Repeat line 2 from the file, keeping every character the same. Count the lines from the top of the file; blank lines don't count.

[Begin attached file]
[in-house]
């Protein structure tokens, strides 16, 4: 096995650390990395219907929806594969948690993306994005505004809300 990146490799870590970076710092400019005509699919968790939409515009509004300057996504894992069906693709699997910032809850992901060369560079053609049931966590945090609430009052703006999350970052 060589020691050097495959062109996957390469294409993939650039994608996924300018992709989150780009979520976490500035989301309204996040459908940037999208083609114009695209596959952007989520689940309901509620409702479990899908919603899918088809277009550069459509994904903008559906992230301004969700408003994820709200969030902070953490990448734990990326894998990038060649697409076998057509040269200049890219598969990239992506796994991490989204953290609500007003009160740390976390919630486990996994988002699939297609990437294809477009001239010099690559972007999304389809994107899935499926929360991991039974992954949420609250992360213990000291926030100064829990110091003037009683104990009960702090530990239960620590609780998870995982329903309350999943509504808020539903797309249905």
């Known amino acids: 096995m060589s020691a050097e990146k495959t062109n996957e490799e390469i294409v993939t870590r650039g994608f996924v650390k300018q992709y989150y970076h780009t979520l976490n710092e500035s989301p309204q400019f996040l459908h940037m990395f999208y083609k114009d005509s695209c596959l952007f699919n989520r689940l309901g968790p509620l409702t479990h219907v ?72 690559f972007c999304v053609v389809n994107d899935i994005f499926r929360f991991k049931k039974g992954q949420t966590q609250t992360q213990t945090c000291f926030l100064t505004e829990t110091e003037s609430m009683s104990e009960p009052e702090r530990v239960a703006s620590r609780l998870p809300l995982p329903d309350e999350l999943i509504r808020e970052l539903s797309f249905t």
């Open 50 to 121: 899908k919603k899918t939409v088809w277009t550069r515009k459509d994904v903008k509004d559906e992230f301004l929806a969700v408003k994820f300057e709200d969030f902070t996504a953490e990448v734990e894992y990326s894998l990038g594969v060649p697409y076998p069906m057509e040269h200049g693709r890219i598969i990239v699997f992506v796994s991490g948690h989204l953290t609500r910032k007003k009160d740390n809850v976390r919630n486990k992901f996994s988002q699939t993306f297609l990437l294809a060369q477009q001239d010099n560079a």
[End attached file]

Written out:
């Protein structure tokens, strides 16, 4: 096995650390990395219907929806594969948690993306994005505004809300 990146490799870590970076710092400019005509699919968790939409515009509004300057996504894992069906693709699997910032809850992901060369560079053609049931966590945090609430009052703006999350970052 060589020691050097495959062109996957390469294409993939650039994608996924300018992709989150780009979520976490500035989301309204996040459908940037999208083609114009695209596959952007989520689940309901509620409702479990899908919603899918088809277009550069459509994904903008559906992230301004969700408003994820709200969030902070953490990448734990990326894998990038060649697409076998057509040269200049890219598969990239992506796994991490989204953290609500007003009160740390976390919630486990996994988002699939297609990437294809477009001239010099690559972007999304389809994107899935499926929360991991039974992954949420609250992360213990000291926030100064829990110091003037009683104990009960702090530990239960620590609780998870995982329903309350999943509504808020539903797309249905």